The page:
Friday, 13 September 2013

Siliva Federici's new book launched in Johannesburg

WiSER and JWTC invite you to the Launch of a new Book by Silvia Federici
Revolution at Point Zero: Housework, Reproduction, and Feminist Struggle

Written between 1975 and the present, the essays collected in this volume represent thirty years of research and theorizing on questions of social reproduction and the transformations which the globalization process has produced. Originally inspired by Federici’s organizational work in the Wages For Housework movement, topics discussed include the international restructuring of reproductive work and its effects on the sexual division of labor, the globalization of care work and sex work, the crisis of elder care, and the development of affective labor. Though theoretical in style, the book is written in an explanatory manner that makes it both accessible to a broad public and ideal for classroom use.

Speakers: Catherine Burns (WiSER) and Sharad Chari (CISA)
Tuesday, 17th September 2013 6pm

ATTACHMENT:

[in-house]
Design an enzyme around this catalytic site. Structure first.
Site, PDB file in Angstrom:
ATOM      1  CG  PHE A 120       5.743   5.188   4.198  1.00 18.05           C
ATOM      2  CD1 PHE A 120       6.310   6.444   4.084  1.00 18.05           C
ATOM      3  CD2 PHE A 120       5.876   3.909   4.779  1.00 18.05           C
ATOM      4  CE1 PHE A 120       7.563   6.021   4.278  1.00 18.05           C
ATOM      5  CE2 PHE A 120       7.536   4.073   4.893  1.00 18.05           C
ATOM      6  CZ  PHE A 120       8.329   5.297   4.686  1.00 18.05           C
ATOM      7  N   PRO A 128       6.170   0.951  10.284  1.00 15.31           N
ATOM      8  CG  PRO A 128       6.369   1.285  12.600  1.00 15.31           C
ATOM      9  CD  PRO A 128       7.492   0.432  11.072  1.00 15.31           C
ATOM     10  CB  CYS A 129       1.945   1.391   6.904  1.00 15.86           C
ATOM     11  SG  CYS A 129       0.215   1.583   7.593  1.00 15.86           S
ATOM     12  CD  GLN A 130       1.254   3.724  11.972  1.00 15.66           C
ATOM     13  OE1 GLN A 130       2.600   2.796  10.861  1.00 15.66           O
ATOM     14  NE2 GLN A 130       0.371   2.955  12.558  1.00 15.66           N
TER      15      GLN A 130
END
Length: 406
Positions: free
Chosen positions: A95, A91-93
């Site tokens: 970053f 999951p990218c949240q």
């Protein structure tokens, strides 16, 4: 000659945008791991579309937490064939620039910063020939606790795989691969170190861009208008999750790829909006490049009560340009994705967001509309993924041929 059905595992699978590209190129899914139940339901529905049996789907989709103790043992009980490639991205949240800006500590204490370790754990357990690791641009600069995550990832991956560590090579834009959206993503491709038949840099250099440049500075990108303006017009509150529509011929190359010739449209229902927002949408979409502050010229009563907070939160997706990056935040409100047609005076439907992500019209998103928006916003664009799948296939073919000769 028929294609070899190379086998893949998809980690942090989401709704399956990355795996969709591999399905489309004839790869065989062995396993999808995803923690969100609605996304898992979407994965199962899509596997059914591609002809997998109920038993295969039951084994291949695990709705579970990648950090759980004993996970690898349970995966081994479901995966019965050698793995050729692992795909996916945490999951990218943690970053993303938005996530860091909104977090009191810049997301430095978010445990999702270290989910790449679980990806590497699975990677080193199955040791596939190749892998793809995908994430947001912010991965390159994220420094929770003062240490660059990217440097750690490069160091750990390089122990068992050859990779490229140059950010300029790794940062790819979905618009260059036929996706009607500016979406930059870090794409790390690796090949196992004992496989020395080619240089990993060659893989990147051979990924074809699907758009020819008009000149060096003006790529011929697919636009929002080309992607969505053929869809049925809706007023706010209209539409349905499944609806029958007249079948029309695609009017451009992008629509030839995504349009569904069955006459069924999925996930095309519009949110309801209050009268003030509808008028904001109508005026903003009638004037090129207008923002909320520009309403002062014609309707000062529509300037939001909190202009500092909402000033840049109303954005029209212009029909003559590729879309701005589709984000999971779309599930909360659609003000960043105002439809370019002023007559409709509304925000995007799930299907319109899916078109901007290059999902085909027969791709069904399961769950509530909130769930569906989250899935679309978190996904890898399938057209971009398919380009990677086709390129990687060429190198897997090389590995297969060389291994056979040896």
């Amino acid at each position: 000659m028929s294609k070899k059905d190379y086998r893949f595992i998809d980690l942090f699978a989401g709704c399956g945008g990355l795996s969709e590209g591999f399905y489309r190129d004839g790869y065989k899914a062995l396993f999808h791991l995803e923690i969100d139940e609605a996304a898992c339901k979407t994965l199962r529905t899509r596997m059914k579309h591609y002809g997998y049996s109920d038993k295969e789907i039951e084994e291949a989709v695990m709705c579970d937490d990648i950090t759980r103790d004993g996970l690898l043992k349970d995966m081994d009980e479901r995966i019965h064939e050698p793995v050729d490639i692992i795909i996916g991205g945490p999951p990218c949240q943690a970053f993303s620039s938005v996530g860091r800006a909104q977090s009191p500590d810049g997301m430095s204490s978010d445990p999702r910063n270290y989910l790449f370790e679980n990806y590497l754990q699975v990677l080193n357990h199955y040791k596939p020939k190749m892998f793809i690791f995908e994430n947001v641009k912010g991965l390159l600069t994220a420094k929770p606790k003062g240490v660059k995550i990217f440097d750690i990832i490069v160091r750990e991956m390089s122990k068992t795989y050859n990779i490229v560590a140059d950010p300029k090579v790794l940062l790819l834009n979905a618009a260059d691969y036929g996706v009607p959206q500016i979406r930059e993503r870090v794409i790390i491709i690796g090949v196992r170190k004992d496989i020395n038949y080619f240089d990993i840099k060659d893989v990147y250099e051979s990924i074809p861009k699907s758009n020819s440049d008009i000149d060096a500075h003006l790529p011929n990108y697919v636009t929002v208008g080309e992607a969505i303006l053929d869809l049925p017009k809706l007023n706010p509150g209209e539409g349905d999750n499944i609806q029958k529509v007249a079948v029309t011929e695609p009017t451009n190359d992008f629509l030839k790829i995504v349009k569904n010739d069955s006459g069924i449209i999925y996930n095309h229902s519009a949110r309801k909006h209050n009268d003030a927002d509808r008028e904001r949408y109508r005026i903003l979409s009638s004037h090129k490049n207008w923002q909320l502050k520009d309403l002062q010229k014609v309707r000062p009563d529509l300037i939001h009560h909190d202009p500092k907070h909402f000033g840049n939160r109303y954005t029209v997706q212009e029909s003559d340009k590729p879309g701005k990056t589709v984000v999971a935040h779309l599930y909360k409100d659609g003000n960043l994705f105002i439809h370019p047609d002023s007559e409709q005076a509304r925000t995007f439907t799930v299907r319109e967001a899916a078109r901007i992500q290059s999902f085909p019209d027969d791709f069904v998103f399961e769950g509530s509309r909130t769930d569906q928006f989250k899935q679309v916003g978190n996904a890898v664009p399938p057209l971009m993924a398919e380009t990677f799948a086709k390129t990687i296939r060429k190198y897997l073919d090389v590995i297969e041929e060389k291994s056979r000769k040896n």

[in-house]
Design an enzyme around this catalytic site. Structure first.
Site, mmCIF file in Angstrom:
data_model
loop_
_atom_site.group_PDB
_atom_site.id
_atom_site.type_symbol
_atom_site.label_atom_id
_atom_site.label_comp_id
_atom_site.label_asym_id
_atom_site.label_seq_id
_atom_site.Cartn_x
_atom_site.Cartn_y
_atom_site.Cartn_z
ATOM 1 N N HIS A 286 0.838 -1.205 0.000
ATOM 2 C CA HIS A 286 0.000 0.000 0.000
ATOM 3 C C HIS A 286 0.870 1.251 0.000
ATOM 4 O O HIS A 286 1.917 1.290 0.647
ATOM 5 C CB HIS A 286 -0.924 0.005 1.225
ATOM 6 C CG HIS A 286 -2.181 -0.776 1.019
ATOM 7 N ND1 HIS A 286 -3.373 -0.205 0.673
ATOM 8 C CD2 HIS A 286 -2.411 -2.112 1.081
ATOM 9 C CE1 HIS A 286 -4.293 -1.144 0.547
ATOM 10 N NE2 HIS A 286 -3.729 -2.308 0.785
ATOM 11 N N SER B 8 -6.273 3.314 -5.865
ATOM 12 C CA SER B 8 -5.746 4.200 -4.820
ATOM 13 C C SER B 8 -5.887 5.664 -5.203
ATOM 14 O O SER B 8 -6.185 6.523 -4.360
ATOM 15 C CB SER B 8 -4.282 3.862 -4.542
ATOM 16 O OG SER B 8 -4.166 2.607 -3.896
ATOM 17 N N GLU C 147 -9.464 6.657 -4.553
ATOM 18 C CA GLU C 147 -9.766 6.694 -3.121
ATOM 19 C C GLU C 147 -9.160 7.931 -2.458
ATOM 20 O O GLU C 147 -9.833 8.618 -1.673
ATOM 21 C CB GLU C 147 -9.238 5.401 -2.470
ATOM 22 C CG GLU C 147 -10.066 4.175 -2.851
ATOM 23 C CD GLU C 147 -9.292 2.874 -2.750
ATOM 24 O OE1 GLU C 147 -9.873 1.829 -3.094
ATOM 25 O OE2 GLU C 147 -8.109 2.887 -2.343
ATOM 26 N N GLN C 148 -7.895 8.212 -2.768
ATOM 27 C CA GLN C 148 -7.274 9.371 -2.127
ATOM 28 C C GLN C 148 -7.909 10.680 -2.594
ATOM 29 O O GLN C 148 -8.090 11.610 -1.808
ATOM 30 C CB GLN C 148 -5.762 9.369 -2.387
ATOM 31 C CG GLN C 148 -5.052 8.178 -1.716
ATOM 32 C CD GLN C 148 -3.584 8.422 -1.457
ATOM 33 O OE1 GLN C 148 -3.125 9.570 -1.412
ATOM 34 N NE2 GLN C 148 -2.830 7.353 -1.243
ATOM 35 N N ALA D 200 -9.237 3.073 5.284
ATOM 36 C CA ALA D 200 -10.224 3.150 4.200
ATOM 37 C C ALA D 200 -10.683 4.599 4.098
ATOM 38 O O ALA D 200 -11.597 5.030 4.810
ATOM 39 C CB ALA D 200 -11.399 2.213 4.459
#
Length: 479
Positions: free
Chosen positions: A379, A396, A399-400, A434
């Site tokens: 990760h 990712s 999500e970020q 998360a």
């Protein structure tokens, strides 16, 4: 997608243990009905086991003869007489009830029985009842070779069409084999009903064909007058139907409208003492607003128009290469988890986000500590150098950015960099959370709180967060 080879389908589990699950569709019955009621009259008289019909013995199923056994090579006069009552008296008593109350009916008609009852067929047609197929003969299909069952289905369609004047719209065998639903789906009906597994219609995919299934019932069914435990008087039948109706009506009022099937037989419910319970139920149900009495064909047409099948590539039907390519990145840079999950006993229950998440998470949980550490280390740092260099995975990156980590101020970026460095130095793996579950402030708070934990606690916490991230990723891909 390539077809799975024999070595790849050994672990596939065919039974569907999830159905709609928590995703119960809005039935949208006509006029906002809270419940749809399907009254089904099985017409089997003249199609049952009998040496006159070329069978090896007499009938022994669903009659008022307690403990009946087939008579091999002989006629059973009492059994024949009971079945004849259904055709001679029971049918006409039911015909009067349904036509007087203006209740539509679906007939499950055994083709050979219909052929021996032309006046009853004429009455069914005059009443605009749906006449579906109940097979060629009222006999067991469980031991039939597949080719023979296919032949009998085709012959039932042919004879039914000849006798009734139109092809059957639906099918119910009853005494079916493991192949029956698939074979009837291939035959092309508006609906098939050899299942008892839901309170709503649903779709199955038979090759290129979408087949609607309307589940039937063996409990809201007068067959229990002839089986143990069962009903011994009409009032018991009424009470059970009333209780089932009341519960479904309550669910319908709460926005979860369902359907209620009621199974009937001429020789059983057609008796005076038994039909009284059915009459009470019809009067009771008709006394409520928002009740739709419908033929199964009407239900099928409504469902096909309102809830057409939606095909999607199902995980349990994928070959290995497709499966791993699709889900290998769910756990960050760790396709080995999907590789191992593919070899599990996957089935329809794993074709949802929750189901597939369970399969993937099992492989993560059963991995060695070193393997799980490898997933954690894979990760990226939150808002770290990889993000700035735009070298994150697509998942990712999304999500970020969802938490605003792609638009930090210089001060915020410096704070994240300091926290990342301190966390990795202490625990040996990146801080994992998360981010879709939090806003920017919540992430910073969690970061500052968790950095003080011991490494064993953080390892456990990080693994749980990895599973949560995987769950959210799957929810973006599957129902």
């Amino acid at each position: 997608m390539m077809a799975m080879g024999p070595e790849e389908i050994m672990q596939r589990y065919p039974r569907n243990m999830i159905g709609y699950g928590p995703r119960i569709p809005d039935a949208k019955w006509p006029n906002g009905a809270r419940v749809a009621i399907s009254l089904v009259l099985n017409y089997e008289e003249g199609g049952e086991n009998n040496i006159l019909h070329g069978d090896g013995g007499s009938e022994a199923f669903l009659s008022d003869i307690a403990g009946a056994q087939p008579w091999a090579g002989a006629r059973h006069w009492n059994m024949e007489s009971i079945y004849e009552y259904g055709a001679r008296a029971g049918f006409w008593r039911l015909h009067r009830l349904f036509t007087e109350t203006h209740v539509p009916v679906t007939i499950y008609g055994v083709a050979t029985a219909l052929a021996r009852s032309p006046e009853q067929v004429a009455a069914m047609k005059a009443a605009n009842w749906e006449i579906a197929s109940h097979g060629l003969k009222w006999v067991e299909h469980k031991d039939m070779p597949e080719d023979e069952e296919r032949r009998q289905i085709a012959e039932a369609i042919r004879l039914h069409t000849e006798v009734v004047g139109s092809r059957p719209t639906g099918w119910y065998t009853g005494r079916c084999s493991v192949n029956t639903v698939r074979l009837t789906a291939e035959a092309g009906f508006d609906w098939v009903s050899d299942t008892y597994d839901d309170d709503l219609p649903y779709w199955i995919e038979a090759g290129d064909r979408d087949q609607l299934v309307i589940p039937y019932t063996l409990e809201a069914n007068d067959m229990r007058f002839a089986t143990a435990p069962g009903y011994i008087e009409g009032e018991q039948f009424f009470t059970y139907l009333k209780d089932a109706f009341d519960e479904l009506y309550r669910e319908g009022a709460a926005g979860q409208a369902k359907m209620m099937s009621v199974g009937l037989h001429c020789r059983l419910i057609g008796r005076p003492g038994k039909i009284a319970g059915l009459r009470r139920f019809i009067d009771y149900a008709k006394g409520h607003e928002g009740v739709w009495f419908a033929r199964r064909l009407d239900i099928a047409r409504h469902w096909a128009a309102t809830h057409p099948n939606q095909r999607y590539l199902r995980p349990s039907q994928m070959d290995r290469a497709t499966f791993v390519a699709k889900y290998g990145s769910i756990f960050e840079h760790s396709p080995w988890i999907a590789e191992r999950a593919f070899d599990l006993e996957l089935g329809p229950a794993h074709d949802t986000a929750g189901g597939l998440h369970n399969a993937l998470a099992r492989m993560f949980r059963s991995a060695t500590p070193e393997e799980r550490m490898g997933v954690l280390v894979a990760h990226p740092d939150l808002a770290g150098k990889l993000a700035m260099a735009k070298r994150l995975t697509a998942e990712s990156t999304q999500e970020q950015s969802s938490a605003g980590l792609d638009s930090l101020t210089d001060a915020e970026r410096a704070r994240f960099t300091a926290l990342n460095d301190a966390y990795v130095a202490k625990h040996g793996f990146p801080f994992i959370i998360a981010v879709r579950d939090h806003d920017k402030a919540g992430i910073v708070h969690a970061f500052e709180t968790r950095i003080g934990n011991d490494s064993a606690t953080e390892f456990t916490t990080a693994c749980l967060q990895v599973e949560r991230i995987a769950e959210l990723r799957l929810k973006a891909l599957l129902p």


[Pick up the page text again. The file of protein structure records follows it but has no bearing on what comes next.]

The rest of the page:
WiSER Seminar Room, 6th Floor, Richard Ward Building,
East Campus, Wits University

Silvia Federici is a feminist writer, teacher, and militant. In 1972, she was cofounder of the International Feminist Collective, which launched the Wages for Housework campaign internationally. 

With other members of Wages for Housework, like Mariarosa Dalla Costa and Selma James, and with feminist authors like Maria Mies and Vandana Shiva, Federici has been instrumental in developing the concept of "reproduction" as a key to class relations of exploitation and domination in local and global contexts, and as central to forms of autonomy and the commons. In the 1990s, after a period of teaching and research in Nigeria, she was active in the anti-globalization movement and the U.S. anti-death penalty movement. She is one of the cofounders of the Committee for Academic Freedom in Africa, an organization dedicated to generating support for the struggles of students and teachers in Africa against the structural adjustment of African economies and education systems. From 1987 to 2005, she also taught international studies, women’s studies, and political philosophy courses at Hofstra University in Hempstead, NY. Her decades of research and political organizing accompanies a long list of publications on philosophy and feminist theory, women’s history, education, culture, international politics, and more recently on the worldwide struggle against capitalist globalization and for a feminist reconstruction of the commons. Her steadfast commitment to these issues resounds in her focus on autonomy and her emphasis on the power of what she calls self-reproducing movements as a challenge to capitalism through the construction of new social relations.